In middle school I was the tallest kid in my year-- definitely taller than all of the girls and stretching higher than most of the boys (they had a couple years to go before their Final Growth Spurt, or, Lee Ann’s Dethroning). I was a stringbean helicopter with braces and glasses. I had to hunch just to hear what everyone was saying.
Nowadays I’m into being tall. I can reach stuff. I bonk my head on those bars in subway trains, but I can also hold onto them without yanking my arm. I don’t ever have to wear heels.
<< I’m 5’11”. My cousin Lee on the left is 6’8”. He wins.
My brother Grant on the right is 5’ 10”.
He was disowned after this was taken for not being close enough to ceilings.
But middle school was rotten, wasn’t it? (I’m picturing 97% of the internet nodding). Those years can bring out your worst insecurities, can make you hyper-analyze, hyper-criticize, and wish you looked like everyone else, whatever that means.
“Don’t look to that side, that side makes you look like a man.”
“Don’t blink, you always blink, why do you always blink, why are you so sensitive to light and spicy foods and criticism?”
“Remember that time that you had a resting jerk face every day?”
“Stop trying to smize, you can’t smize, what even is smizing??”
“Your dad thinks you look like Claire Danes but you actually look like this.”
“Quasimodo called and HE WANTS HIS HUNCH BACK.”
Whoa whoa whoa. Okay. I’m trying to relax. Trying to have a good time here. Now my party’s getting crashed by this guy.
Can anyone else relate?
When clients shares the issues they have with their looks to me (which happens in almost every session), they also often express their worry that they’re “the annoying client.” They’ll say something along the lines of, “I’m not photogenic. I know everyone says that, but for me it’s true. I’m so sorry, I just really can’t stand how my teeth/eyes/face/nose/cheeks/chin looks, and I’m probably the one person that’s causing you tons of trouble because my teeth/eyes/face/nose/cheeks/chin is the worst.”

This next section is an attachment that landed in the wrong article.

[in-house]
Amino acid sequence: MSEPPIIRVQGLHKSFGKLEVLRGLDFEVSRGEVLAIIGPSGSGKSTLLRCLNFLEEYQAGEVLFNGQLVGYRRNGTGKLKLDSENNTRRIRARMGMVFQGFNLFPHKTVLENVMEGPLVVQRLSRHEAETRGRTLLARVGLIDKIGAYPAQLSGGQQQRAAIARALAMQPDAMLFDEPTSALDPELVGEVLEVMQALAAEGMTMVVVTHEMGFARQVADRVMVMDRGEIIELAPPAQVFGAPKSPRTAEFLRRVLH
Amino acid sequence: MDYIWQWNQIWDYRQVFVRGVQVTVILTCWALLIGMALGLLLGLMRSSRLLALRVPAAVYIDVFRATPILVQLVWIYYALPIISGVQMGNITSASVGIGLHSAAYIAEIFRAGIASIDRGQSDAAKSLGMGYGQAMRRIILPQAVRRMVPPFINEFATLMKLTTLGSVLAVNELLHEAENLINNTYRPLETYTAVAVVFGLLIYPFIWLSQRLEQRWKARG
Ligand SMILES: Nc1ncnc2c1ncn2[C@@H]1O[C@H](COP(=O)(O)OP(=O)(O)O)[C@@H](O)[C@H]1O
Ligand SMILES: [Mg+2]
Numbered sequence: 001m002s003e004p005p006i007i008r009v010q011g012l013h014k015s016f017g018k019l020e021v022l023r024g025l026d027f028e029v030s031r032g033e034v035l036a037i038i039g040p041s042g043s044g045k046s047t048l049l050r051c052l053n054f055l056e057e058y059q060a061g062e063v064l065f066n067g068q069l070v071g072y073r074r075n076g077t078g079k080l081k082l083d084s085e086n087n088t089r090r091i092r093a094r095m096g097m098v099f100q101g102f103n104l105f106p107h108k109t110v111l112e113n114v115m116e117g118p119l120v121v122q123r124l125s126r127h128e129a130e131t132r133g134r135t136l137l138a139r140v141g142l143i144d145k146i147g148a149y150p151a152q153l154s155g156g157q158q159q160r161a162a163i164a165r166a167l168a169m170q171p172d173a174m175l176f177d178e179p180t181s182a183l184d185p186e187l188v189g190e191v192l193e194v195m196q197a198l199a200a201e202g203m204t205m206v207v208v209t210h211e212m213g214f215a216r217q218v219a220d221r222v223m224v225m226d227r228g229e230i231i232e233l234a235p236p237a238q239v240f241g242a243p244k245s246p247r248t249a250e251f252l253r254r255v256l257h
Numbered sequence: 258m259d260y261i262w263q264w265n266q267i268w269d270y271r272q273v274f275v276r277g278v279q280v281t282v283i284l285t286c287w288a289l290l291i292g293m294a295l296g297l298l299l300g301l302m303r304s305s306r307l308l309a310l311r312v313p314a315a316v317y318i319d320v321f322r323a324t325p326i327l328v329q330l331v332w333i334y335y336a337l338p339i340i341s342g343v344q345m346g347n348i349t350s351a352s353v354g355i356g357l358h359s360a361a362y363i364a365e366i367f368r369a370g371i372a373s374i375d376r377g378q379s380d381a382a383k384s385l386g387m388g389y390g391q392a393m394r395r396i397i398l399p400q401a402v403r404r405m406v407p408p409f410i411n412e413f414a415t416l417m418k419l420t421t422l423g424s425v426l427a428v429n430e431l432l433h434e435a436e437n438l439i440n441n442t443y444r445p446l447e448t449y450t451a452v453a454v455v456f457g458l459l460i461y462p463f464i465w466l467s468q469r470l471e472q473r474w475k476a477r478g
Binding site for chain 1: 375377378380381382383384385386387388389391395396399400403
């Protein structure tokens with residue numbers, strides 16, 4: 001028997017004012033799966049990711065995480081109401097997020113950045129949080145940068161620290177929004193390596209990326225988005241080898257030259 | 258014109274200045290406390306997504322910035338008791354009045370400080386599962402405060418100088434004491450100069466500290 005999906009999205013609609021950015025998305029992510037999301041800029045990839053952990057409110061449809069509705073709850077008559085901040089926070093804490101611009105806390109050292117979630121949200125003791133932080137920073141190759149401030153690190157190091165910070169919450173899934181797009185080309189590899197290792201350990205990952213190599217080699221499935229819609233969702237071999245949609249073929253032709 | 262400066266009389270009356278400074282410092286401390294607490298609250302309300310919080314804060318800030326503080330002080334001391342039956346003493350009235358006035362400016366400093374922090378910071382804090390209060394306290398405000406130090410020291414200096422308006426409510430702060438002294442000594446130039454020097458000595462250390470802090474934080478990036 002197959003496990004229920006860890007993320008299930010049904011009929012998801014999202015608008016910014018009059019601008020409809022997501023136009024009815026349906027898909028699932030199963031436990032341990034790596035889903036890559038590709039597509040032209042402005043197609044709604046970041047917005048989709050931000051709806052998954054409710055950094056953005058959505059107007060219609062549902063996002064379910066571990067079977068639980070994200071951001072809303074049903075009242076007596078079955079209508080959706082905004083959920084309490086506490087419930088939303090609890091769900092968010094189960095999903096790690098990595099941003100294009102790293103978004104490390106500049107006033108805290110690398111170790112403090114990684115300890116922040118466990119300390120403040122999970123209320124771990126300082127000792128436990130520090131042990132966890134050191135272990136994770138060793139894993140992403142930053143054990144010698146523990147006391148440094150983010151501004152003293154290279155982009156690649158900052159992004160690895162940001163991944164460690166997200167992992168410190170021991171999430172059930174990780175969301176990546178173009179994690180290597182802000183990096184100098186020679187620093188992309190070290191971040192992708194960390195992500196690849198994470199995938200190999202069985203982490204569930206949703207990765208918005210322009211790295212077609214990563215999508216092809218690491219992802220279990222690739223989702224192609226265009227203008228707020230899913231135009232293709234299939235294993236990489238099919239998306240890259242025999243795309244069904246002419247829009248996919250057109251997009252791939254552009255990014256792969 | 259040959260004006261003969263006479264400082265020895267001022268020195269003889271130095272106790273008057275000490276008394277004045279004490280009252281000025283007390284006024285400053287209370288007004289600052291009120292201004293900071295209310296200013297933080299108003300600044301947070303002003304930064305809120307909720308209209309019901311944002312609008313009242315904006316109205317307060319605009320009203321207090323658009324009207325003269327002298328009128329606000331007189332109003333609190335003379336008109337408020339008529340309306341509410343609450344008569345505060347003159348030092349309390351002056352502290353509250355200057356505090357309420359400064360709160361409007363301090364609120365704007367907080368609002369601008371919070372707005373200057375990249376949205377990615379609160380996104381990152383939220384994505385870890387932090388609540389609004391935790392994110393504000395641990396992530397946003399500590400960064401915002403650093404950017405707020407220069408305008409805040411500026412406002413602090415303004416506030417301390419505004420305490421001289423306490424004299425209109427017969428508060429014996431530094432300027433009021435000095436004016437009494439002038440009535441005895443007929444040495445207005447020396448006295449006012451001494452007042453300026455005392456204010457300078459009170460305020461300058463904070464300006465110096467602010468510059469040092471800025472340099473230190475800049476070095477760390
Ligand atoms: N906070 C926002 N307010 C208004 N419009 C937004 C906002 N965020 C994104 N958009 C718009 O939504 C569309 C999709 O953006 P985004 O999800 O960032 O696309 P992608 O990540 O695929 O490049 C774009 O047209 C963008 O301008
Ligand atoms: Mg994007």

One time a client expressed that she thought she looked like “a cross between a chipmunk and a beluga whale.” (Chipuga? Belmunk?)
For a lot of people, when the camera focuses on their face, they focus inward on an intense amount of self-criticism.
What I want to state, right here and now, is that you are not the only one. You’re not alone when you think you are un-photogenic, or that a certain aspect of yourself is a huge problem in photos. In fact, you’re part of the vast majority.
But here’s the thing: you will pick apart your appearance far more than anyone else will. Trust me. Sometimes we see ourselves through a fun house mirror of insecurity, and our perceived, warped reflection bears little resemblance to what everyone else sees.
So if you’re nervous about getting your photos taken, how do you slow down your hyper-critical, middle-school-minded brain? How do you do this to that lame guy in the back of your head saying “boooooo”?
Trust that your worries are not as big as they seem. Trust that you too will look good in your photographs. You will look like you, and no one else looks like you, and you look wonderful. (I’m picturing 97% of the internet rolling their eyes-- you’re only doing it because you don’t hear it enough!)
Trust that your photographer will use his or her well-honed skills with the camera, lighting, flattering angles and body positioning, and expression to bring out your absolute best self.
Trust that you can let go of that critical voice, even for just part of one day, and relax.
Trust that you are glowing.
Have any other tips on letting go of your critical brain? Or maybe an excellent middle school anecdote, like that time I got table topped at a football game and landed in some mud? Funny one, guys… so funny… what great friends...
If so, or even just to say hi, comment below or tweet us @mjbhomeent!
x Lee Ann